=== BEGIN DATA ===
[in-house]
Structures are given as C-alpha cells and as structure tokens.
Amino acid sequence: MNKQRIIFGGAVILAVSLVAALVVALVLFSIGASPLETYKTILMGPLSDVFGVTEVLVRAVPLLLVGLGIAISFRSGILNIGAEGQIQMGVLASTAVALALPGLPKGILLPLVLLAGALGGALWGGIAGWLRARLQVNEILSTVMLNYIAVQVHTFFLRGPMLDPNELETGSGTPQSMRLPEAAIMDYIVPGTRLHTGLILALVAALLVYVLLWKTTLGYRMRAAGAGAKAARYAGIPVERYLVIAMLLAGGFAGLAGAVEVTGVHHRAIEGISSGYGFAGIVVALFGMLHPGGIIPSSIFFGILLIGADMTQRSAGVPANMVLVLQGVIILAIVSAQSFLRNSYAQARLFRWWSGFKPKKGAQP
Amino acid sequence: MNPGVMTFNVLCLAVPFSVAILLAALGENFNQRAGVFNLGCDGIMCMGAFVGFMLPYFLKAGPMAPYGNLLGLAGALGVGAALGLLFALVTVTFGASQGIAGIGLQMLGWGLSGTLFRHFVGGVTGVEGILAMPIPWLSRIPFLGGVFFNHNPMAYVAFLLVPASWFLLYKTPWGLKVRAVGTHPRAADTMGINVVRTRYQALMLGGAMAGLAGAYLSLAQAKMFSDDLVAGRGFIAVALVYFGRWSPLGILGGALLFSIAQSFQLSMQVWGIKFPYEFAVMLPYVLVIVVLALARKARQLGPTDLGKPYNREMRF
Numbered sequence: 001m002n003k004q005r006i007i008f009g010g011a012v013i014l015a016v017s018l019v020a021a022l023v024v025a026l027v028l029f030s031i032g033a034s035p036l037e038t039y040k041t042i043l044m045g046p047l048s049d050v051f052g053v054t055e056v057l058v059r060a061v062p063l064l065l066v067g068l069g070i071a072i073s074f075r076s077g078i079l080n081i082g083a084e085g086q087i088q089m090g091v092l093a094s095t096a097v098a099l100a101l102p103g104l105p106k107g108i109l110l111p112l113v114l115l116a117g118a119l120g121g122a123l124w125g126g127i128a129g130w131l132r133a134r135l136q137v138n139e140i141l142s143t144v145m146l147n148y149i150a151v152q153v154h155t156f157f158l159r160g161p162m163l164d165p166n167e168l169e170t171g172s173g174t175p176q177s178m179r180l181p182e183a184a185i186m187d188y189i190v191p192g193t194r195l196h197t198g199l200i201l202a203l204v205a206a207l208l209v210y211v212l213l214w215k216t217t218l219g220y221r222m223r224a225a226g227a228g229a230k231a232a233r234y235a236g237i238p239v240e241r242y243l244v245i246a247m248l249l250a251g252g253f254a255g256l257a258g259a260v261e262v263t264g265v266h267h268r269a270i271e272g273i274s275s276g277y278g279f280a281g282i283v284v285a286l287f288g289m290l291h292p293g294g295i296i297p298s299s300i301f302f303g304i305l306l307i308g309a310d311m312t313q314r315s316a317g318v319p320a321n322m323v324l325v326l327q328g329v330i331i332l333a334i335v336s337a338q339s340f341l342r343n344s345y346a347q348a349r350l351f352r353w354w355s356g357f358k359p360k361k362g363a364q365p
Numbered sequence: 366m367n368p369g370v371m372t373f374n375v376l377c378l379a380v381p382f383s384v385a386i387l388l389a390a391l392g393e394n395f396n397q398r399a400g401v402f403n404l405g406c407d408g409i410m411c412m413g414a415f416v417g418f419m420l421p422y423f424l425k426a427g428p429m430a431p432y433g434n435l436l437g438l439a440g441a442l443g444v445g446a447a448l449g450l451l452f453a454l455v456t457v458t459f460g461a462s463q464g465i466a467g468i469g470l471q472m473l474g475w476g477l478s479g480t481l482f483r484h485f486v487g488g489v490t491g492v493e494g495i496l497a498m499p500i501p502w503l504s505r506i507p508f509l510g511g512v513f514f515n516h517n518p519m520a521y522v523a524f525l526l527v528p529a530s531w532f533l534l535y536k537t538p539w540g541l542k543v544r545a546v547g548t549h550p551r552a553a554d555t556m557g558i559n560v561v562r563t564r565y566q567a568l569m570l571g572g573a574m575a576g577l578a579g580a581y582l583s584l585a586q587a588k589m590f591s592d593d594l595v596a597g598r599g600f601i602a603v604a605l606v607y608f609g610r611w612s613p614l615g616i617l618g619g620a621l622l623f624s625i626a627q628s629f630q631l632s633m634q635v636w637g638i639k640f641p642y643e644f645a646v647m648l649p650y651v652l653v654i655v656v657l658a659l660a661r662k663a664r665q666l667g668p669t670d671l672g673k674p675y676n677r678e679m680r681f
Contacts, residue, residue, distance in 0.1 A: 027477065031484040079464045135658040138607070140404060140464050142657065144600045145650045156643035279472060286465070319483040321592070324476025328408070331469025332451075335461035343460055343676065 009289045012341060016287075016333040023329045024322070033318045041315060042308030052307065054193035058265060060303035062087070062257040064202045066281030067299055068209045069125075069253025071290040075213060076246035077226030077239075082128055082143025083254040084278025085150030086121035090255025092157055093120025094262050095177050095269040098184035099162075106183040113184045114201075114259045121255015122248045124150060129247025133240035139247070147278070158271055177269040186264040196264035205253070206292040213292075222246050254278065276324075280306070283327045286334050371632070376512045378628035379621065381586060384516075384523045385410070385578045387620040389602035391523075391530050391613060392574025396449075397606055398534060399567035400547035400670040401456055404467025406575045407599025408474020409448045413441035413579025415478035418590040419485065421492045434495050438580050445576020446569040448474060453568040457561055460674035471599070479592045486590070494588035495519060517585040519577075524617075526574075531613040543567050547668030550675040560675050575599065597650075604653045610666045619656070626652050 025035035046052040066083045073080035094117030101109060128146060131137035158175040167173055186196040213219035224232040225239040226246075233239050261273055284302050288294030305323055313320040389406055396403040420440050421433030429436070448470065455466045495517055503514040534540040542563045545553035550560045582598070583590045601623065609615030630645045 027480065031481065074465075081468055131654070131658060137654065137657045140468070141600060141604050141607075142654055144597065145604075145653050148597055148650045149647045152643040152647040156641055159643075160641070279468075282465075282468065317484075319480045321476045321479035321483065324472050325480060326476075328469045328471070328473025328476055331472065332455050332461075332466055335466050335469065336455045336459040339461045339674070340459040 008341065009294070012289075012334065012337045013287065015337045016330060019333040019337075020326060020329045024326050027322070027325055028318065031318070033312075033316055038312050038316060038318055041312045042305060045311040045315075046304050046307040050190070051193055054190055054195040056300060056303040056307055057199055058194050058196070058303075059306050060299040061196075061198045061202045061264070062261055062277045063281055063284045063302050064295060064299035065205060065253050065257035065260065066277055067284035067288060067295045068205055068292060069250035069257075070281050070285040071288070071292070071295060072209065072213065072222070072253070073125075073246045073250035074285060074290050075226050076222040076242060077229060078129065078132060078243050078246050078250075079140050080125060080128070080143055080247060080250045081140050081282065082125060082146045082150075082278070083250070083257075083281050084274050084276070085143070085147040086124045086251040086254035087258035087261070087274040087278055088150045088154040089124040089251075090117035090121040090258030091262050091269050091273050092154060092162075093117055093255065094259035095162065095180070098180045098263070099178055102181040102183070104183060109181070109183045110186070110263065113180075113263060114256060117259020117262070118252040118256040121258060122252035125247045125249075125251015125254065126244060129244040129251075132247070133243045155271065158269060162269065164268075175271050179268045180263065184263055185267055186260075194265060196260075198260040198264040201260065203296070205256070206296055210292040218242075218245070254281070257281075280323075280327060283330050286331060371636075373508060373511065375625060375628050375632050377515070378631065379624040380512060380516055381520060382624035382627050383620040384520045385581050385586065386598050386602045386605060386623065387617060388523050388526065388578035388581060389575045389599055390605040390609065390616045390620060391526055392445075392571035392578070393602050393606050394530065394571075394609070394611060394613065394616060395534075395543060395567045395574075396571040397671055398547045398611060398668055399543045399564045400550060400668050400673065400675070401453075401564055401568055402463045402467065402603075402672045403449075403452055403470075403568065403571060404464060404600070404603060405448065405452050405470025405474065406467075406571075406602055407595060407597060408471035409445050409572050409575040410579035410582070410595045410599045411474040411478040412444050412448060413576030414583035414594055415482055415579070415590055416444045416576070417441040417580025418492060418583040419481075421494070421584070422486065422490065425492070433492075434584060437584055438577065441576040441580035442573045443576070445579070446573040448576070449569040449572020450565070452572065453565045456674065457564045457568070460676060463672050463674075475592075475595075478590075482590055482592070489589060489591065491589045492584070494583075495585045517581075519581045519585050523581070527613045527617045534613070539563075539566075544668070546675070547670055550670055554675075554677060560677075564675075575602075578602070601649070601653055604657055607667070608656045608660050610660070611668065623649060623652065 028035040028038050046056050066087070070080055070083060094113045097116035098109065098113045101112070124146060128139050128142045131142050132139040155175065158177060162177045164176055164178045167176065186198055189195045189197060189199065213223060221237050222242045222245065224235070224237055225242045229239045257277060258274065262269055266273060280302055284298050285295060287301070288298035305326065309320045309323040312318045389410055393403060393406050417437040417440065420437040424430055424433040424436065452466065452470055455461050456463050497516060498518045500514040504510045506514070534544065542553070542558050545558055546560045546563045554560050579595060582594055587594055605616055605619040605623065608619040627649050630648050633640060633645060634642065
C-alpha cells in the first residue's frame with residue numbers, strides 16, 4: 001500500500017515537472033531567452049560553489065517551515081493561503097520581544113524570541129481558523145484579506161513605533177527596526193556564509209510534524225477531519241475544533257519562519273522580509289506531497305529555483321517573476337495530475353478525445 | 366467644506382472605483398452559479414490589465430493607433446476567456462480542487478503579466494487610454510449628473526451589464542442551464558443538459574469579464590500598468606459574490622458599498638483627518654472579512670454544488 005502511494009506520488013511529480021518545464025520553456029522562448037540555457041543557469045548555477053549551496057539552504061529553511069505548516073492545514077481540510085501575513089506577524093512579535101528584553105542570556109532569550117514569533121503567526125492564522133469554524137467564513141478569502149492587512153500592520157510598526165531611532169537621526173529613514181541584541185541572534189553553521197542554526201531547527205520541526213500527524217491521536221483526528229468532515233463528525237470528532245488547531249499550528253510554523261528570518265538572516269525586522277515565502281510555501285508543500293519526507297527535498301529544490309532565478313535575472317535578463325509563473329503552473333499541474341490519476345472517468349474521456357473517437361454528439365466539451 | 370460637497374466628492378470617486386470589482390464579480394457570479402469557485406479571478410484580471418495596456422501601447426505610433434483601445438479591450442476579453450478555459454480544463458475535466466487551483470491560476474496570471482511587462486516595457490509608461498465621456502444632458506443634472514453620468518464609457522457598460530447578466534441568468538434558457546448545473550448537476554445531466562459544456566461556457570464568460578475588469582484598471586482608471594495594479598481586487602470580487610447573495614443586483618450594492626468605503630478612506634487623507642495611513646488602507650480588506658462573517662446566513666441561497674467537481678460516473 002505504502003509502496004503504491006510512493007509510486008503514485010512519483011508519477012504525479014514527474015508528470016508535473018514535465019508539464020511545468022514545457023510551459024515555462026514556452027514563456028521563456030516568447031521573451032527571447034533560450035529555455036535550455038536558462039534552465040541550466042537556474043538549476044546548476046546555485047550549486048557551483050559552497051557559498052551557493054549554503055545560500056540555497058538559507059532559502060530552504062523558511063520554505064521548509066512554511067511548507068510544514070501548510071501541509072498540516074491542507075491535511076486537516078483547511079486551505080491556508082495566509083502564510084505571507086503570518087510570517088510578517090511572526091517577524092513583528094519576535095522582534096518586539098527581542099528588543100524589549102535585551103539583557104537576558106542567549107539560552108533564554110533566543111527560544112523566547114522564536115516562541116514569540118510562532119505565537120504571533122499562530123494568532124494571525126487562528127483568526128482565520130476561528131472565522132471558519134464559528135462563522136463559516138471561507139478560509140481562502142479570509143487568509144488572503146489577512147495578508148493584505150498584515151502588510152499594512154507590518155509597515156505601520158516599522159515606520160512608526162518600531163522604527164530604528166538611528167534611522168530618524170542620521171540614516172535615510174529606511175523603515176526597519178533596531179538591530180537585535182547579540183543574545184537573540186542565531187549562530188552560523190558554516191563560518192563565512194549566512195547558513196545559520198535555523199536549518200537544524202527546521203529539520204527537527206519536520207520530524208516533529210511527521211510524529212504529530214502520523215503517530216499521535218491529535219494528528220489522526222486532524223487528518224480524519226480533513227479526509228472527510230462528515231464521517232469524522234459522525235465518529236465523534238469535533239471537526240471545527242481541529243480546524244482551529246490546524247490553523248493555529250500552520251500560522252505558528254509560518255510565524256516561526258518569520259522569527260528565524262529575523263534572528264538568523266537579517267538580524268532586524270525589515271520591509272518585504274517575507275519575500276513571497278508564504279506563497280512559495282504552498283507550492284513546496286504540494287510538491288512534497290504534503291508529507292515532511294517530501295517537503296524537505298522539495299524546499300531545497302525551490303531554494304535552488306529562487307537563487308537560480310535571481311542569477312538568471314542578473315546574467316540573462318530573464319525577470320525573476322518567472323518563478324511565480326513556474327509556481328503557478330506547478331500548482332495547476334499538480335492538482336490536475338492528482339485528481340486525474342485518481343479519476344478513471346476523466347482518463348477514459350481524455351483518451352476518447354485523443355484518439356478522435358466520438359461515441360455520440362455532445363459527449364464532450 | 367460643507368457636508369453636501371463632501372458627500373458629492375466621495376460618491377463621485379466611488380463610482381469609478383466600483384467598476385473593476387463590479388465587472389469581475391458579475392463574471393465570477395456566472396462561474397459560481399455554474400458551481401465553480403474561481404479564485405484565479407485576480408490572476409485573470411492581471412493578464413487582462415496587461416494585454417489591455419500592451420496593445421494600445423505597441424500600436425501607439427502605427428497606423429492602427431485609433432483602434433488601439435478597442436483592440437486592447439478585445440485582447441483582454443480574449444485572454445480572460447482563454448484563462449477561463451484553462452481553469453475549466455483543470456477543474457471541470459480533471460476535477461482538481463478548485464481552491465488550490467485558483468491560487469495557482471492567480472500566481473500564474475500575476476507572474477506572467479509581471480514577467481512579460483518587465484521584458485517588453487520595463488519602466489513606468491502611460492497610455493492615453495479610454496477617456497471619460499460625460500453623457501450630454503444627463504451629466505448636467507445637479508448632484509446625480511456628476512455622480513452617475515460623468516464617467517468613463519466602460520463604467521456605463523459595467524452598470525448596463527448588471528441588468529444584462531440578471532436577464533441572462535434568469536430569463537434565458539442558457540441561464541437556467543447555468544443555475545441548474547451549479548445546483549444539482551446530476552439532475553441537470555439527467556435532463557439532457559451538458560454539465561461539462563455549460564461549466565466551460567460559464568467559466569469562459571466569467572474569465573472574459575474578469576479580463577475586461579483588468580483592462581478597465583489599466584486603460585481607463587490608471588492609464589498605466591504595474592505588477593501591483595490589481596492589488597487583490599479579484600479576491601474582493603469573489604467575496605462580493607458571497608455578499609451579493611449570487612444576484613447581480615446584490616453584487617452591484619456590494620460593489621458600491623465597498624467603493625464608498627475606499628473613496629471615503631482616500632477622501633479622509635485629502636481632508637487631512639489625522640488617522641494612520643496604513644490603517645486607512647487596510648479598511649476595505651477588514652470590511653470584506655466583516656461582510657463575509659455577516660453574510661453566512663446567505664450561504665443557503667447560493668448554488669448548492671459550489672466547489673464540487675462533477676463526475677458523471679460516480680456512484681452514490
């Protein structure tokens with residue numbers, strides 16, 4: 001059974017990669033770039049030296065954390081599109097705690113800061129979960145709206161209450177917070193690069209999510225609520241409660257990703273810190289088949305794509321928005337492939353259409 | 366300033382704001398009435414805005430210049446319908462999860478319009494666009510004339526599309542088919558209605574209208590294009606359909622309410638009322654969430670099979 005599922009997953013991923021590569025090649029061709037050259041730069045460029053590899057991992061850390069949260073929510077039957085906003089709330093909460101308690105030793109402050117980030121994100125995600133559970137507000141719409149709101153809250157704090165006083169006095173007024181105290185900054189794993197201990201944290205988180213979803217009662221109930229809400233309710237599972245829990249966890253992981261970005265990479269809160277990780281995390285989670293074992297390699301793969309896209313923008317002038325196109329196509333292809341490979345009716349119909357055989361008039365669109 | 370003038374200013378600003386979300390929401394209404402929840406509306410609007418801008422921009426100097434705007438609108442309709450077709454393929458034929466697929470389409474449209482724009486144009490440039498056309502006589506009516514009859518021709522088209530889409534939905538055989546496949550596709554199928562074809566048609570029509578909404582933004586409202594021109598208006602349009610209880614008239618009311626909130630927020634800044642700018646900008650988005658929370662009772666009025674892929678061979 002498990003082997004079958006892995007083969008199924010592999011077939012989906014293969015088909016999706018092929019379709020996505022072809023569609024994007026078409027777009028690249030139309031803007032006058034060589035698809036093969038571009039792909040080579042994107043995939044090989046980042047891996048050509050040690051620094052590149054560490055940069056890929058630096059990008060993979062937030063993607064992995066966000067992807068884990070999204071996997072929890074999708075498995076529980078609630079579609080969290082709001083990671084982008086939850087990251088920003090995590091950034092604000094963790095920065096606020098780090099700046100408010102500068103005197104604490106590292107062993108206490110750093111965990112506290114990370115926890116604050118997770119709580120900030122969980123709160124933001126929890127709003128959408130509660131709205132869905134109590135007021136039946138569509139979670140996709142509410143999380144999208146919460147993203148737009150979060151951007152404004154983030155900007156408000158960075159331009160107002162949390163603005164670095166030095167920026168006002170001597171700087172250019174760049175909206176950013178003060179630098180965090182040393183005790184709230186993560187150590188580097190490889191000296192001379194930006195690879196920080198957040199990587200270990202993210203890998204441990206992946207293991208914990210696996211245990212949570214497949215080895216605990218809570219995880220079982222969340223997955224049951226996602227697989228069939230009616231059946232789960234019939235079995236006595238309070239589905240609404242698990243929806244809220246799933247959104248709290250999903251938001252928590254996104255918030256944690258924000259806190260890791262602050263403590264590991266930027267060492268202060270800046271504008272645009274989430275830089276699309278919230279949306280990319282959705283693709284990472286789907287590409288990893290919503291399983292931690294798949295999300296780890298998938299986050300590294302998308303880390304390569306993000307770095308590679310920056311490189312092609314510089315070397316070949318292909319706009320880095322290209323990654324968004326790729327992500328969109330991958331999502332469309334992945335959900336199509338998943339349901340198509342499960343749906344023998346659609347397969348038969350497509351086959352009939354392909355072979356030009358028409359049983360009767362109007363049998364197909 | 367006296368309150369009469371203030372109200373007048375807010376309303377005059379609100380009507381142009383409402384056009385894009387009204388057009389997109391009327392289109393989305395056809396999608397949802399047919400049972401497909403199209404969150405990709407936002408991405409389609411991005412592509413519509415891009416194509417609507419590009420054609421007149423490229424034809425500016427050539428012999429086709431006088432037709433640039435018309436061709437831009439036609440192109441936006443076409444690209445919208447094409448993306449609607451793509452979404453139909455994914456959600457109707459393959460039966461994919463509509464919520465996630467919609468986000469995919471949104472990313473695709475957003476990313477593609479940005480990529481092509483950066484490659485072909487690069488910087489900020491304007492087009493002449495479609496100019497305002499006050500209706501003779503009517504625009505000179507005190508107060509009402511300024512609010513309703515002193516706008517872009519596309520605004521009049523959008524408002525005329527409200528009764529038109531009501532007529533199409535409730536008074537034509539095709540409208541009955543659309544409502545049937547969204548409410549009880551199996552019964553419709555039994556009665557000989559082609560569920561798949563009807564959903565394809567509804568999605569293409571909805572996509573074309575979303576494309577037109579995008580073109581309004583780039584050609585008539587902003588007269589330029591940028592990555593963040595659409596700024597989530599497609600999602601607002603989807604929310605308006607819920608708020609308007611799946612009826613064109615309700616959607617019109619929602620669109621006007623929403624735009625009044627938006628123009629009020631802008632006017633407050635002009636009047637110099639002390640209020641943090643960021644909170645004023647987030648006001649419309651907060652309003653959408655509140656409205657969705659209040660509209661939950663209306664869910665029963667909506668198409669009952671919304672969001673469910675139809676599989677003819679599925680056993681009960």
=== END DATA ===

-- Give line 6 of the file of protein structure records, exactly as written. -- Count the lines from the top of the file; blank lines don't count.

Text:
Numbered sequence: 366m367n368p369g370v371m372t373f374n375v376l377c378l379a380v381p382f383s384v385a386i387l388l389a390a391l392g393e394n395f396n397q398r399a400g401v402f403n404l405g406c407d408g409i410m411c412m413g414a415f416v417g418f419m420l421p422y423f424l425k426a427g428p429m430a431p432y433g434n435l436l437g438l439a440g441a442l443g444v445g446a447a448l449g450l451l452f453a454l455v456t457v458t459f460g461a462s463q464g465i466a467g468i469g470l471q472m473l474g475w476g477l478s479g480t481l482f483r484h485f486v487g488g489v490t491g492v493e494g495i496l497a498m499p500i501p502w503l504s505r506i507p508f509l510g511g512v513f514f515n516h517n518p519m520a521y522v523a524f525l526l527v528p529a530s531w532f533l534l535y536k537t538p539w540g541l542k543v544r545a546v547g548t549h550p551r552a553a554d555t556m557g558i559n560v561v562r563t564r565y566q567a568l569m570l571g572g573a574m575a576g577l578a579g580a581y582l583s584l585a586q587a588k589m590f591s592d593d594l595v596a597g598r599g600f601i602a603v604a605l606v607y608f609g610r611w612s613p614l615g616i617l618g619g620a621l622l623f624s625i626a627q628s629f630q631l632s633m634q635v636w637g638i639k640f641p642y643e644f645a646v647m648l649p650y651v652l653v654i655v656v657l658a659l660a661r662k663a664r665q666l667g668p669t670d671l672g673k674p675y676n677r678e679m680r681f